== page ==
Star Trek: Bridge Crew

No introduction needed here, right? Star Trek: Bridge Crew has been teased and flaunted for over a year now, and the dividing line between people who can’t wait to work with friends to run the USS Aegis crew and people who would rather already exist. And with good reason, because this game is one thing — a Star Trek multiplayer simulation where you either communicate well and work together, or have your warp core turn your body into stardust when it explodes.

If this is not your idea of ​​a good time, stop reading right now. Other? Get dressed, we have a lot to talk about.

About this review

For the past 72 hours, I’ve been playing the PlayStation VR, Oculus Rift, and HTC Vive versions of Star Trek: Bridge Crew provided by Ubisoft. At the time of this writing, I have logged 30 hours of gameplay for single player, two player, three player, and a full four player in USS Aegis and USS Enterprise.

Star Trek: Bridge Crew

Yes, even lens flare is here

Star Trek: Bridge Crew Basics

Welcome aboard the USS Aegis, a Federation starship in the alternate Star Trek universe led by JJ Abrams, commonly referred to as NuTrek or the Kelvin timeline. Aegis is in many ways similar to Enterpriseand because this is NuTrek, everything is shiny and holographic and shiny. Just like that, so brilliant. Most of the panels you interact with are touchpads, but you interact with them by pressing triggers on controllers, so they get a little lost in translation. Just don’t accidentally activate Red Alert and you’ll be fine.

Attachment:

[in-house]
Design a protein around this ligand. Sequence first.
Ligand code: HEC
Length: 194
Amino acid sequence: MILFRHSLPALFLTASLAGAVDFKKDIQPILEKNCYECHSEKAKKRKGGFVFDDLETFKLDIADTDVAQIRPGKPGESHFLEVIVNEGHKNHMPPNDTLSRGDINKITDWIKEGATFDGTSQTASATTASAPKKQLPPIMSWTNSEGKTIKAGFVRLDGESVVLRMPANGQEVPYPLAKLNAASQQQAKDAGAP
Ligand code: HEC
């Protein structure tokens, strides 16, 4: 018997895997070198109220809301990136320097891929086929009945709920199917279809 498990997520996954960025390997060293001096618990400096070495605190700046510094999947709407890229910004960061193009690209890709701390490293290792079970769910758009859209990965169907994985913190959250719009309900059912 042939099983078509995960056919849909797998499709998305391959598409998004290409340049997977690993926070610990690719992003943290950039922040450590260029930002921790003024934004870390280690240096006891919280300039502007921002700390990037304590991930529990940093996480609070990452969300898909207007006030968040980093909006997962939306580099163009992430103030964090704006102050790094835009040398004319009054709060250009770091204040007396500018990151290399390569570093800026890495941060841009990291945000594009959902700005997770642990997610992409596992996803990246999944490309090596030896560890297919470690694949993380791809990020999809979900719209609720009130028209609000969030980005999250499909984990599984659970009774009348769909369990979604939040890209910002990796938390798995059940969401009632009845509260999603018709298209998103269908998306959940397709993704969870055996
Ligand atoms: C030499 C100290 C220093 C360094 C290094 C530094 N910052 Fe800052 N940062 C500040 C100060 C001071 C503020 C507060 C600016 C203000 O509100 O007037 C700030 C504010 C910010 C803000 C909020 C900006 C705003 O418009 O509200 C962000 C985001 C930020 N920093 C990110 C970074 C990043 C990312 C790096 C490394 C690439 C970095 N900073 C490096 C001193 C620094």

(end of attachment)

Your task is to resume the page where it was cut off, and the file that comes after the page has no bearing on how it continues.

Your avatar in Bridge Crew is human by default, but if you like you can go into the little Creator Avatar in the game and customize it the way you want. This Avatar Creator is a little weird, it gives you basic toggle switches for gender, hair color, and race (you can only choose between human and Vulcan), but facial features are an intricate four-slider system where each slider affects three other sliders in which in some way. It will take a long time before you figure out exactly what happens when you customize each slider, but once you have a face that you like, you can choose the work that you like. This part is less confusing.

Star Trek: Bridge Crew

Star Trek: Bridge Crew

As captain, you receive information and mission briefings to pass on to the rest of the team. It is also very important that you make important information visible to the rest of the team on the view screen and guide your team when facing multiple objectives in a mission.

The helmet, as you might imagine, is driving the boat. You are responsible for keeping the bow of the ship pointed at the enemy during combat so that phasers can be fired, and you control navigation both within the system and during warp travel. In some situations, you may also be responsible for operating a transporter and for invading an enemy system in combat.

Tactical officers make all weapons work. You are responsible for choosing the right time to use your weapons and shields, as well as scanning your environment and making split-second aiming decisions to attack or save. In some situations, you may also be responsible for operating a transporter and for invading an enemy system in combat.

While solo gameplay in Star Trek: Bridge Crew is possible, it’s incredibly difficult and often very frustrating.

Engineering decides how effective a helmet and tactics are by controlling how much power is available to engines, weapons, and shields. You are also responsible for repairing systems and deciding which repair teams to send where. In some situations, you may also be responsible for operating a transporter and for invading an enemy system in combat.

Assuming you have three more people to play with, either by randomly finding friends in the game, or by inviting your three closest Ubisoft Club (or PlayStation Network) friends to a private room, you each choose a station and stay there on time mission. Everyone can hear each other, everyone can see the hand and head movements of other crew members, and everyone is vital to the success of every mission.